Temperature difference occurs when a hollow crank arm or pedal axle expands or contracts with temperature difference. This expansion or contraction is often mistaken for leg forces by power meters bonded to hollow surfaces that can flex.

Degradation of materials:

Through time, hollow axles and crank arms degradate. This again is another reason that Verve use a solid crank arm, because there is no flex through degradation over time.


Those 2 points cover the external factors. So what are the other factors that could contribute to the differences? Once uploading both files from the Garmin head units to WKO4, some of the difference started to become clear.

One of the most noticeable differences was with short, hard acceleration and with soft pedalling.

This can be seen in the power balance scatter plot below at shows Effective force x crank velocity, with the soft pedaling circled in red and extra acceleration that the InfoCrank picked up on, circled in green.

The chart below shows the rolling power through time of the Vector 2 and the InfoCrank together. Again, the acceleration and deceleration difference can be seen (click on the image for more detail).

The most likely reason for this is the extra times per second that the InfoCrank is recording for, so it picks up on more detail.

Of course, force is only half of the measurement of power. Cadence or Crank Velocity is the other half to this.

The main differences in technology in measuring this is the Vector 2 uses accelerometers and the InfoCrank uses the 256 times per second it measures force to know where the crank arm is.

So why would this potentially give a different measurement? The answer is road vibration. Accelerometers can measure road vibration as well as cadence. So this can have an influence on cadence accuracy, which in turn contributes to the overall power reading.

The below chart plots the cadence on the test ride from both power meters (click on the image for more detail):

The extra acceleration points with cadence on the Vectors is most likely from road vibration.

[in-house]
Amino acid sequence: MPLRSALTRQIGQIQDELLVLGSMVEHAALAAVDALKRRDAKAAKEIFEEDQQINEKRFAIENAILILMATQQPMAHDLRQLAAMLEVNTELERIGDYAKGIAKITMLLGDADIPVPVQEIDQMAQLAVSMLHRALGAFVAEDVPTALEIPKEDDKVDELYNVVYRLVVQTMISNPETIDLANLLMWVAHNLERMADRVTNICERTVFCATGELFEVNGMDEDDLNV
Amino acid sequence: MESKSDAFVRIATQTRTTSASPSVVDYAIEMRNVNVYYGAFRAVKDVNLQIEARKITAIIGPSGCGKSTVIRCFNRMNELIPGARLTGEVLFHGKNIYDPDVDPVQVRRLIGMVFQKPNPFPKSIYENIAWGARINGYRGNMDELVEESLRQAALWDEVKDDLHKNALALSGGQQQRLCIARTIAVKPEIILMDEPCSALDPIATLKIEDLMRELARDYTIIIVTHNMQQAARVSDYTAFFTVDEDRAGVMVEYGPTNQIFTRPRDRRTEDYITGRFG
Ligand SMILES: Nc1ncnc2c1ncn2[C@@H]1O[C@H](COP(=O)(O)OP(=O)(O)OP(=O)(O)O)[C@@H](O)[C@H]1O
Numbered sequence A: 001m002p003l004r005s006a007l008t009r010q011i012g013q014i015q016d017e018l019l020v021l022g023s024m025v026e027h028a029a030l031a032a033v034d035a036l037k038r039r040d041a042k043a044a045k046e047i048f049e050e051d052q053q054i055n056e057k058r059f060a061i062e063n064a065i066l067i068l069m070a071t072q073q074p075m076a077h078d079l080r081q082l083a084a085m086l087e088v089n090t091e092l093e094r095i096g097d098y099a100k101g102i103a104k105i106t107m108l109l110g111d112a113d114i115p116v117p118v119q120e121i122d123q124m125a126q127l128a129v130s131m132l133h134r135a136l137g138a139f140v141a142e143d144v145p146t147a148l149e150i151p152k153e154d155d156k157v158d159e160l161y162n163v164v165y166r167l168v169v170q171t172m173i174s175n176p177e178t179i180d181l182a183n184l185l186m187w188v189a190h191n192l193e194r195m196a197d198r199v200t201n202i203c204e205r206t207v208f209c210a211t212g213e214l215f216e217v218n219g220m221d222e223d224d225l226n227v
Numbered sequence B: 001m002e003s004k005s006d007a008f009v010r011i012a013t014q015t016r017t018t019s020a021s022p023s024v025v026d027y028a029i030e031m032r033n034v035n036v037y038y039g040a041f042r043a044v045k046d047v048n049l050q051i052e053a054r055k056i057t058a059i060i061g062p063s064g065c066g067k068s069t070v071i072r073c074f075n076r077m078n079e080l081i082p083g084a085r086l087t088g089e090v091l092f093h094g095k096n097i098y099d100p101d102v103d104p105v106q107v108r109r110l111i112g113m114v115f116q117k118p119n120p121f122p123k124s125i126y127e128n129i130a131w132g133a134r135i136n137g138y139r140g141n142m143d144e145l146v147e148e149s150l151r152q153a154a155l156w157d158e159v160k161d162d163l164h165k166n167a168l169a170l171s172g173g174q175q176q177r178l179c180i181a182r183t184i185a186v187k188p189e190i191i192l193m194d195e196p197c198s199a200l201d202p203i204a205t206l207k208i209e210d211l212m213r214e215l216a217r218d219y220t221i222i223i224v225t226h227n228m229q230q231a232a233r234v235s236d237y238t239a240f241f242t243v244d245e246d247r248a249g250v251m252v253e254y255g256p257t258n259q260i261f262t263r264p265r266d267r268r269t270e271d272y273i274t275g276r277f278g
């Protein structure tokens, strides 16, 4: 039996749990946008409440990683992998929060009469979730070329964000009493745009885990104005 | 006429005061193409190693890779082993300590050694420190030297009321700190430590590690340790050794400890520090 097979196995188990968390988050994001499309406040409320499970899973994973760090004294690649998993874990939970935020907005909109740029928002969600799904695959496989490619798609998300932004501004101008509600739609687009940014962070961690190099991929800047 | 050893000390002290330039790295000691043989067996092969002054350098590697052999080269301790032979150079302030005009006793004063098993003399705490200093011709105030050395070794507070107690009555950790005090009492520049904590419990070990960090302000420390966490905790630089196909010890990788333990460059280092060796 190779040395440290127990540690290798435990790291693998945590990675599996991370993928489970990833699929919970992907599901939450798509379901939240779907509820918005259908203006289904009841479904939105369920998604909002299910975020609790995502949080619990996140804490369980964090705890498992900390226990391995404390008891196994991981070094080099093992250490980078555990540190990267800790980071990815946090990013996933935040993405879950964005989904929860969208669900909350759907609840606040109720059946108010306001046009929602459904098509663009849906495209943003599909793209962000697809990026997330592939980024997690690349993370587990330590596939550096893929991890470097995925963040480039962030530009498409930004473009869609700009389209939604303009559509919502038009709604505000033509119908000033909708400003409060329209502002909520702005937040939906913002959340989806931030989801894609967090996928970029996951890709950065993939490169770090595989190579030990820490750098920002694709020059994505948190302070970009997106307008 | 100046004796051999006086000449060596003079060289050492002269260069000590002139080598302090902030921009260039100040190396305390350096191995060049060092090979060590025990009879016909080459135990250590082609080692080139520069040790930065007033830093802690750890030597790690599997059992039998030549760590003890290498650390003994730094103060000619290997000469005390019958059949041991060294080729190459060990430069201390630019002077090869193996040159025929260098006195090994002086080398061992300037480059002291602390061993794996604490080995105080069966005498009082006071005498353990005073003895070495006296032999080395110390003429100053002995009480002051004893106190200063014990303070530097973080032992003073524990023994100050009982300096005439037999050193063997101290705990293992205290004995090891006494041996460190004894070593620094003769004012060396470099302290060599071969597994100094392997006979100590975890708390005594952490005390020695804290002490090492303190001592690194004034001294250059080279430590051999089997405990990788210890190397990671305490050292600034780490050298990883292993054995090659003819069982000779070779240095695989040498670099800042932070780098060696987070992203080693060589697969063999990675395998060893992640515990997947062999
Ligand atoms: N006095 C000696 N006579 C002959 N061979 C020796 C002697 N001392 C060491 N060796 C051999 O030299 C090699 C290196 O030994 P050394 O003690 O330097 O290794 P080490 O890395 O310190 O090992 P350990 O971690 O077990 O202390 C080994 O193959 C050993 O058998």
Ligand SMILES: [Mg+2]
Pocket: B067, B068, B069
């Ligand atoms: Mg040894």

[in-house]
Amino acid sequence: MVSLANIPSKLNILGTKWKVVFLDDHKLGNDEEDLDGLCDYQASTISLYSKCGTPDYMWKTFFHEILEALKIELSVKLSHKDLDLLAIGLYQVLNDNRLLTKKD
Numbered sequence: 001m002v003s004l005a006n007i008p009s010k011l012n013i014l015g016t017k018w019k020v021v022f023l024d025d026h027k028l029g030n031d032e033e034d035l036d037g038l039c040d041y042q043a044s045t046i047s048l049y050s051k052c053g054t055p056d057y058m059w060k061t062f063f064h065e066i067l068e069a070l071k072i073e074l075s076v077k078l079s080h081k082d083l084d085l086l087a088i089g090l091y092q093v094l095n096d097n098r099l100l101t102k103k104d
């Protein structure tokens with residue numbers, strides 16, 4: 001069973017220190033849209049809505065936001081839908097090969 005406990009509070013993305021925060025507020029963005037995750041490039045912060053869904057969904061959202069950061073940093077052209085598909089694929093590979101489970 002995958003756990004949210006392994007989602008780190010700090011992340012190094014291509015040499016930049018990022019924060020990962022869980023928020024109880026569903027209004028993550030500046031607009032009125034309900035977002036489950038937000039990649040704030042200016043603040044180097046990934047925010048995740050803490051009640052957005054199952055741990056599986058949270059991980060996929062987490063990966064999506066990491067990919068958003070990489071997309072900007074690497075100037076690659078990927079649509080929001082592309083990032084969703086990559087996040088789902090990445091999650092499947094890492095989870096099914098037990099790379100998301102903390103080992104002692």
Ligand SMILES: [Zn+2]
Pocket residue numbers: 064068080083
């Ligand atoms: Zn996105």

In conclusion, my curiosity on Verve’s claims has been satisfied as to what are the differences in technology, why they are relevant and which is the most accurate power meter and you need to understand the why to come to that conclusion.

I would recommend the InfoCrank, but I would still certainly recommend the Vector 2 also.

As to who I would recommend each one to depends on your needs for functionality.

There is no doubt the Vector 2 offers some of the best function in terms of swapping easily between bikes.

And if you calibrate regularly (I recommend before every ride), you still have a power meter that will satisfy most basic needs for a measurement tool that should offer consistency of tracking performance improvement, even if that is consistently off what you are actually doing. It still gives you an idea of your improvements.

Also, the extra data that the Vectors shows is very handy to give coaching feedback on, with power phase and inside/ outside of the pedal force.

I would recommend the InfoCrank more to someone who wants the most accurate power meter and accuracy of power acceleration detail. The InfoCrank is a fantastic genuine upgrade if you already have a power meter, say a single sided model and want to upgrade to having the most relevant accuracy.